Research: Luce Center for American Art

The Wounded Comrade
Accession #13.14
Artist Carl E. Akeley
TitleThe Wounded Comrade
Date1913
MediumBronze
Dimensions11 1/2 x 20 1/2 x 10 1/2 in., 46 lb. (29.2 x 52.1 x 26.7 cm, 20.9kg)
MarksFoundry mark inscribed on proper rear of base: "ROMAN BRONZE WORKS N.Y."
SignedInscribed on proper front right corner of base: "The Wounded Comrade / © Carl E Akeley / 1913"
Credit LineGift of George D. Pratt
LocationVisible Storage: Case 29, Shelf B (Sculpture)
DescriptionStatuette of three bronze elephants standing in tightly packed group; they press their bodies pressed together and wrap their trunks around each other; on ovoid base. Condition: good

Curatorial Remarks:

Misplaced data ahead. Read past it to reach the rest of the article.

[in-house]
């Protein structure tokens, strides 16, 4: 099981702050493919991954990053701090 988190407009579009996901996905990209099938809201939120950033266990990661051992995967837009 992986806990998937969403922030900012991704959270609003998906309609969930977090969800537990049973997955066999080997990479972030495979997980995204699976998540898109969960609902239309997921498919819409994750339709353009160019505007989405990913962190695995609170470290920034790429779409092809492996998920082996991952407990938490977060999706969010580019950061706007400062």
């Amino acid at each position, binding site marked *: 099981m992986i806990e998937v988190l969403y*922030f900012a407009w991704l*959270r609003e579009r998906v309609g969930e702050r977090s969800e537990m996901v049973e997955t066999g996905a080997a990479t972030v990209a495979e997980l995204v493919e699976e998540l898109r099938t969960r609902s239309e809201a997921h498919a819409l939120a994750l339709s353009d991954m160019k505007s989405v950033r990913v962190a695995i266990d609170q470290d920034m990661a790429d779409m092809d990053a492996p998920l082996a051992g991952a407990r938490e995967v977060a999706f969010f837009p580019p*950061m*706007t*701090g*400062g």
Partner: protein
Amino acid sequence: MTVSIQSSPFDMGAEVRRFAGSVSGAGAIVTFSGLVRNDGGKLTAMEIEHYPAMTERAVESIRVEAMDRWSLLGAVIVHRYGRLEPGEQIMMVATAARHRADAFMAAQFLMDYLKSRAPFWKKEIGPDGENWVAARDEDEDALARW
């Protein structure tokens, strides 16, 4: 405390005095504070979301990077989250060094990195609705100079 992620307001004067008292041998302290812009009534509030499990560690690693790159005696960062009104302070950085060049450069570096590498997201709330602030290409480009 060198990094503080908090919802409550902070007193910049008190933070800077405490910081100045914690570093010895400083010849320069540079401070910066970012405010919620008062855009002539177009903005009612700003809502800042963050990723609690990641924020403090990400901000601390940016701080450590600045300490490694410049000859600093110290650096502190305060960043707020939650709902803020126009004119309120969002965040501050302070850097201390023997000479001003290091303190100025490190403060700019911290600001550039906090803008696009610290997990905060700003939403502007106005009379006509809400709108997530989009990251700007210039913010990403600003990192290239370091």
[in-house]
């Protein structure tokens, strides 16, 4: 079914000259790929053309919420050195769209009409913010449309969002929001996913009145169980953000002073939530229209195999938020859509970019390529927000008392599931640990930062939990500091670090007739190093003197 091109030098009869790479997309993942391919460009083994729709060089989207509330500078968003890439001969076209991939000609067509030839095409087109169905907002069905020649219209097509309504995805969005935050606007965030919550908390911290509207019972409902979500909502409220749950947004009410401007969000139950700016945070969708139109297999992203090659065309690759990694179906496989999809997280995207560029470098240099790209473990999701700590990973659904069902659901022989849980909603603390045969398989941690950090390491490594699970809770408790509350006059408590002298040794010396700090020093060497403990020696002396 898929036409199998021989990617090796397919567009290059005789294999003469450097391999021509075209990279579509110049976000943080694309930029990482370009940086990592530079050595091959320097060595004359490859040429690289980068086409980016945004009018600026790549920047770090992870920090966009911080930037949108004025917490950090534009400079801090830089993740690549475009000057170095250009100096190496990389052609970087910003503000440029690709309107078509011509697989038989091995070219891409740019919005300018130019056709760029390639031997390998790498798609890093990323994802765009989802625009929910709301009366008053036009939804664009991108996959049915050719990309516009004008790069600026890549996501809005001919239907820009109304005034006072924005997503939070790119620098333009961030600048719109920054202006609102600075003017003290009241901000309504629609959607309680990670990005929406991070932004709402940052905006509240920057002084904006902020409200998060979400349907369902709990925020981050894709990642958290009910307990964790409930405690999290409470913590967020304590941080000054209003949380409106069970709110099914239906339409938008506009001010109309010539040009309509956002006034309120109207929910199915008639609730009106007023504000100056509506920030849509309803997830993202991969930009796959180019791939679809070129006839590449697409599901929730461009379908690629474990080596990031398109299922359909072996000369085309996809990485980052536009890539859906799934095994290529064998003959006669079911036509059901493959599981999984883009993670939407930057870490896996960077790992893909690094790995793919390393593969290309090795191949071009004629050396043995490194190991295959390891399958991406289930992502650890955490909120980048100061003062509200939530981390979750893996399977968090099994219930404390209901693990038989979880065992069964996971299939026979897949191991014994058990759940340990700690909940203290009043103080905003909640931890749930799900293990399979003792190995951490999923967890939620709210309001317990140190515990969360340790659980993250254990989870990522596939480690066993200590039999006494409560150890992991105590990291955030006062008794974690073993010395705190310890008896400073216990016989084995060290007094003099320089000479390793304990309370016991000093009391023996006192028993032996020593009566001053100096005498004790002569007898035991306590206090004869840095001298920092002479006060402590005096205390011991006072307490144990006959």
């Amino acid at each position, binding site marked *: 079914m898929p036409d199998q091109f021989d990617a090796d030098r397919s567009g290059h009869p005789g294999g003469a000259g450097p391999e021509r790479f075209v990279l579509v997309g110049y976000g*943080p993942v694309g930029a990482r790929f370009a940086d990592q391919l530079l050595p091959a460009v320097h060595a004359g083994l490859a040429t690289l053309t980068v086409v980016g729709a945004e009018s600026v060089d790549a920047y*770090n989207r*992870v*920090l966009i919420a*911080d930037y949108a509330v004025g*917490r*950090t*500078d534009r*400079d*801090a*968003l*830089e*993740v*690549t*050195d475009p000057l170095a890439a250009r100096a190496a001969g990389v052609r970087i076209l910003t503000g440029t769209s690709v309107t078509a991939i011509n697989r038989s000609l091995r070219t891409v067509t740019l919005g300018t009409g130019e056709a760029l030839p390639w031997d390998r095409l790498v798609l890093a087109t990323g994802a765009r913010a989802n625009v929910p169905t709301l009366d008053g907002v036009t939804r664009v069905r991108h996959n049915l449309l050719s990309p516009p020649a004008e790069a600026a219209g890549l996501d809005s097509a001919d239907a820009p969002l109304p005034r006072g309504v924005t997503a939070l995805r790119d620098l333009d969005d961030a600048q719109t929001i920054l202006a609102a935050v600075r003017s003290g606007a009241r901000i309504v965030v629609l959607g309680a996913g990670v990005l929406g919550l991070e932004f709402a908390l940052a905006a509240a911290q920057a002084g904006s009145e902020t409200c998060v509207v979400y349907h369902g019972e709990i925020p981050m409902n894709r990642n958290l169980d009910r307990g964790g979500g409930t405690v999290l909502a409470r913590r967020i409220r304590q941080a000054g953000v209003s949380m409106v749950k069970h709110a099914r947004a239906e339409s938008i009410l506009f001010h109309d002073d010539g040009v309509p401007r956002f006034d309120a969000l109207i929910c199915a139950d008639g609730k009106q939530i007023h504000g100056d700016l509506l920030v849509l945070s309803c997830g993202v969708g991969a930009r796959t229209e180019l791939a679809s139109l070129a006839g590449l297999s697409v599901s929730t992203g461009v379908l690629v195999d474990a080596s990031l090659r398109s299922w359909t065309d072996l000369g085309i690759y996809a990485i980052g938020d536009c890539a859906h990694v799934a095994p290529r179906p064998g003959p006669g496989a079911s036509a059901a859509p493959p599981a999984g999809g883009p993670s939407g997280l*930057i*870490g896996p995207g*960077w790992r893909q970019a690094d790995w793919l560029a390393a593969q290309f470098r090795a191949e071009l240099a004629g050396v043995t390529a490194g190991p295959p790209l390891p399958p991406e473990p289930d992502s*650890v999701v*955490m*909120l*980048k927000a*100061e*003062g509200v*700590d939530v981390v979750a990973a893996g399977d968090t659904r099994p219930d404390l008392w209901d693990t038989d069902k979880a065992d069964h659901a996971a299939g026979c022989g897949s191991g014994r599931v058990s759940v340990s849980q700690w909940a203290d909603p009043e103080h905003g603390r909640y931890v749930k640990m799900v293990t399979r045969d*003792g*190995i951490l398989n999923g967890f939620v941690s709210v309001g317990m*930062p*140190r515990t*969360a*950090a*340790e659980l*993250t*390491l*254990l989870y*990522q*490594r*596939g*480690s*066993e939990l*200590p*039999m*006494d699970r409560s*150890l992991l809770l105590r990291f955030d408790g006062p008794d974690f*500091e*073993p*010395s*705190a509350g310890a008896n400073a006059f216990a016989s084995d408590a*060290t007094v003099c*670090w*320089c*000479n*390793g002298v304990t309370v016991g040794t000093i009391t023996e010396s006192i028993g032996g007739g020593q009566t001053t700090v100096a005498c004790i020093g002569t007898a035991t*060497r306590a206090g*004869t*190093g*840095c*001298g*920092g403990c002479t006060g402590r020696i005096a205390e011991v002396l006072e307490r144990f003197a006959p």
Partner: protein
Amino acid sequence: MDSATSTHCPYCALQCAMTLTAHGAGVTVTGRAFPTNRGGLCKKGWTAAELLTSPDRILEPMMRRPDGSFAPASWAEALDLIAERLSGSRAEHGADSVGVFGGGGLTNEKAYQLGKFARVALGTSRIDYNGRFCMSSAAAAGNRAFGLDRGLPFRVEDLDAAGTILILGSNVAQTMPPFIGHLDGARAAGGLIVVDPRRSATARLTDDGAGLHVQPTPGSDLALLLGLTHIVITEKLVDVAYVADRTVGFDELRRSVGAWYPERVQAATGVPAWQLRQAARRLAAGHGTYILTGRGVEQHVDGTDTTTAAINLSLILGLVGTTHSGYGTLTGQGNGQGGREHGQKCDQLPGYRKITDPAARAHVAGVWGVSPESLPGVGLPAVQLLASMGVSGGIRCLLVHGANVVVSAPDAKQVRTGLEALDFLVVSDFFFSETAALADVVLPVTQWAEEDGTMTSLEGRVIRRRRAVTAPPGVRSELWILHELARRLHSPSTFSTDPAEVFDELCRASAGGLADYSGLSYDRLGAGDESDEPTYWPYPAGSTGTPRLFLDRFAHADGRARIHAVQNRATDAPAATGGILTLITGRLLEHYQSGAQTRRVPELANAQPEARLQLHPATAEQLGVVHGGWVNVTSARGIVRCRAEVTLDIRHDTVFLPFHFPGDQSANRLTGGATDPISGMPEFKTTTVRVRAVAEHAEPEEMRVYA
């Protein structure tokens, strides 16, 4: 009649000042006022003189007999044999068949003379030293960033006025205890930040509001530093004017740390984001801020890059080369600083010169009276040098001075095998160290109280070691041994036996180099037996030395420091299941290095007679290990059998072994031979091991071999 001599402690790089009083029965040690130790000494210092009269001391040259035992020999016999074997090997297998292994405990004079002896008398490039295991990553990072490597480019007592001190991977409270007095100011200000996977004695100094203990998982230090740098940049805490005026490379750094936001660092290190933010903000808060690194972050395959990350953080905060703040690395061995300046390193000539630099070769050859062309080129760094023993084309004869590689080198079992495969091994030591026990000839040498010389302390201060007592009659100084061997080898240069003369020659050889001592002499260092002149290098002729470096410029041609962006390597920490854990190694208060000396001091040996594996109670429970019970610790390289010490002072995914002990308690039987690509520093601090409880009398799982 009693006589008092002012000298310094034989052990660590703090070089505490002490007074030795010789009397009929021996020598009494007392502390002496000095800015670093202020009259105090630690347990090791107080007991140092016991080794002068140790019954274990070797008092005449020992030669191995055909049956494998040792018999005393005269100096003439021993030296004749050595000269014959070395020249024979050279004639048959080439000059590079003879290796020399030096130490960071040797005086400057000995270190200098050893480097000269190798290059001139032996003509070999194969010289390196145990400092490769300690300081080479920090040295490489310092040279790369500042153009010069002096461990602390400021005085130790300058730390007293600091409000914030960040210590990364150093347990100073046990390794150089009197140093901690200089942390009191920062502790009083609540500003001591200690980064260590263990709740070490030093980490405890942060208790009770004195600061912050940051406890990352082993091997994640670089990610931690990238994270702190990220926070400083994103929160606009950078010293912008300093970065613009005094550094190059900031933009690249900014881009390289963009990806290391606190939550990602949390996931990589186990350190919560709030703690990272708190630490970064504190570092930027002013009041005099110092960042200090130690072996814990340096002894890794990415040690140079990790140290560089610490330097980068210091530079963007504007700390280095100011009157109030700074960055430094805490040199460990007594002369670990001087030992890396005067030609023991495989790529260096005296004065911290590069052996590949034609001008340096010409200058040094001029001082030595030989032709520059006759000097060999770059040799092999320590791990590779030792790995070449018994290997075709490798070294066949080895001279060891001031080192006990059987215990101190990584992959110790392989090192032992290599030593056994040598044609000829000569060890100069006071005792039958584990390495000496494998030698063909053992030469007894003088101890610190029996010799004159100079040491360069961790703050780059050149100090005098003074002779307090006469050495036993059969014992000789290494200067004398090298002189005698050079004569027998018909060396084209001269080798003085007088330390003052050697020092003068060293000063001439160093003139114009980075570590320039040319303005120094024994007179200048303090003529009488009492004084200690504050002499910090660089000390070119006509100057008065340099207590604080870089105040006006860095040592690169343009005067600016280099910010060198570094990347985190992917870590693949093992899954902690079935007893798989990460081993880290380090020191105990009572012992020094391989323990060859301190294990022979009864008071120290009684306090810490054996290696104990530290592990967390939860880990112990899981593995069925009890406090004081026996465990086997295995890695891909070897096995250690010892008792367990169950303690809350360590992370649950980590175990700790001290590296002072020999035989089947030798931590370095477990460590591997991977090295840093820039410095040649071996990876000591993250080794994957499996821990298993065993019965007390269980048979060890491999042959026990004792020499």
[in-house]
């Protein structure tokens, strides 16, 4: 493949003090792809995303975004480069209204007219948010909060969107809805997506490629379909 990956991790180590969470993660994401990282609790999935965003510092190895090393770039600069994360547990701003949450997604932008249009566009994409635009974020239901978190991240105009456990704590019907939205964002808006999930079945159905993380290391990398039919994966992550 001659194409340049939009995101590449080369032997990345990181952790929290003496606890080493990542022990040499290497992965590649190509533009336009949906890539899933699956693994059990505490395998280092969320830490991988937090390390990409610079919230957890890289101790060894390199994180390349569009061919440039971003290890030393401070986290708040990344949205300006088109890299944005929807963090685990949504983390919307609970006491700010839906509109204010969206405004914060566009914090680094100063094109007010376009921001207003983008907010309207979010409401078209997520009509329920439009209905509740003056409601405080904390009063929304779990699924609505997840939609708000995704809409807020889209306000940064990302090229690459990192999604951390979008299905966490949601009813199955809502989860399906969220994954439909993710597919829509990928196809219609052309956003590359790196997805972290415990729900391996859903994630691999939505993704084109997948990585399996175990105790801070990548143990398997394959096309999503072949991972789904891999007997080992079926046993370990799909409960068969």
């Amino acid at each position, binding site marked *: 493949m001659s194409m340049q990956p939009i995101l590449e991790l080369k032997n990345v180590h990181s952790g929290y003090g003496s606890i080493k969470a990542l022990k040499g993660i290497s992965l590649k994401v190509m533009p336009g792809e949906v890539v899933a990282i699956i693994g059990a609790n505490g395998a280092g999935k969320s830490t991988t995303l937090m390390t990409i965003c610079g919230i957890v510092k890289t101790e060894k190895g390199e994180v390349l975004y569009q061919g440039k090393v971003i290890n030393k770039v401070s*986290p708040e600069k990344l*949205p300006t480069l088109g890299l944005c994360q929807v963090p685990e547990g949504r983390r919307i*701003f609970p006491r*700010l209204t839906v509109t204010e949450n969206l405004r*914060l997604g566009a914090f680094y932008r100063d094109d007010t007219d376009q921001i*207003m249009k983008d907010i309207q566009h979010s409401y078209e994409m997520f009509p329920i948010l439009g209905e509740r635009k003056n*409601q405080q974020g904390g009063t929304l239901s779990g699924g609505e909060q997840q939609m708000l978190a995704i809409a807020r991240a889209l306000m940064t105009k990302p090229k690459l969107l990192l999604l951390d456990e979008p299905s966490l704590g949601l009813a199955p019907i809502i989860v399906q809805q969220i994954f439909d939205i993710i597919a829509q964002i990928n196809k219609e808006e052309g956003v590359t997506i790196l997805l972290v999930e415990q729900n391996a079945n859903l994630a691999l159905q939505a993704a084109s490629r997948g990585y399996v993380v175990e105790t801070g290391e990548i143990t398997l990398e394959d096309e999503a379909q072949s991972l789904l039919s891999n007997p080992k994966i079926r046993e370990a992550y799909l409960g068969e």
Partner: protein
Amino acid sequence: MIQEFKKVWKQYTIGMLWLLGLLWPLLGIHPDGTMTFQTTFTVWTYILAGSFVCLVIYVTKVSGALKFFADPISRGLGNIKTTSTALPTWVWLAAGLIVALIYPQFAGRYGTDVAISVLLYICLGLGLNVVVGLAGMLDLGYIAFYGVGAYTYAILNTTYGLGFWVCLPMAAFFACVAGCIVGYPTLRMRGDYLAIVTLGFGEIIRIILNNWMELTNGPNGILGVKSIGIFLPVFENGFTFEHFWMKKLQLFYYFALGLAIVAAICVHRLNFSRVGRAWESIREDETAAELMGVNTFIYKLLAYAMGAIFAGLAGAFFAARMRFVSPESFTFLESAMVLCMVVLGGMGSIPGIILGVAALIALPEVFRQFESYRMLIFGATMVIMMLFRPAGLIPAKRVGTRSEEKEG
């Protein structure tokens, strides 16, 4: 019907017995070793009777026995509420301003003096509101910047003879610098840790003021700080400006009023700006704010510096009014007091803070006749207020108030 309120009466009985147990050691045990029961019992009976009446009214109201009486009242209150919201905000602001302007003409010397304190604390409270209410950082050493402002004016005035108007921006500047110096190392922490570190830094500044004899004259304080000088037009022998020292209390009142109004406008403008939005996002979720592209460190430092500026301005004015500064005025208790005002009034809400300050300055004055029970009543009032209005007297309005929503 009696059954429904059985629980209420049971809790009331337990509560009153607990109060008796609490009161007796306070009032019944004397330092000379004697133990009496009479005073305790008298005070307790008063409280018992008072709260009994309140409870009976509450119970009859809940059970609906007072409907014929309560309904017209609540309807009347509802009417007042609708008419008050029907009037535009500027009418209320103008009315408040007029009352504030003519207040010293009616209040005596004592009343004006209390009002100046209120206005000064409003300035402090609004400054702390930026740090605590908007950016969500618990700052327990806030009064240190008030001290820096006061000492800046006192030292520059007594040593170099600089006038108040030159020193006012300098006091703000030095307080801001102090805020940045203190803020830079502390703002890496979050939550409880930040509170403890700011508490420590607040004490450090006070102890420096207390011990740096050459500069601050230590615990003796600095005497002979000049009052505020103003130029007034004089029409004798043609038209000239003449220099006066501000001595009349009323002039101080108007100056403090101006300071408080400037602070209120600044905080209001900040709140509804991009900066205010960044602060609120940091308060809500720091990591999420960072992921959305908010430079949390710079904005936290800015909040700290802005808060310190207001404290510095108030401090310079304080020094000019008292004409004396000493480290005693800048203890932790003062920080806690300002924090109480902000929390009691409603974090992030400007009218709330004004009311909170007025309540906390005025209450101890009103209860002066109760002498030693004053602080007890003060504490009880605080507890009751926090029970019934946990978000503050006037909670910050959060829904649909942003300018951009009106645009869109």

Carl Ethan Akeley was a well-known naturalist and taxidermist who worked for many years at the American Museum of Natural History (1909-26). After his first trip to Africa in 1896, Akeley conceived the idea of creating a full-scale African diorama to show the animals in their natural habitat. The Wounded Comrade depicts a scene that Akeley had directly observed in the wild: when an elephant is wounded, others from the herd will rush in and attempt to convey it to safety. Akeley's production of art bronzes was the direct result of his working habit of making clay models to design dioramas. A fellow sculptor, Alexander Phimister Proctor (whose works are on exhibition nearby), suggested that Akeley cast a series of these models into bronze. The first and most famous work in the series is The Wounded Comrade.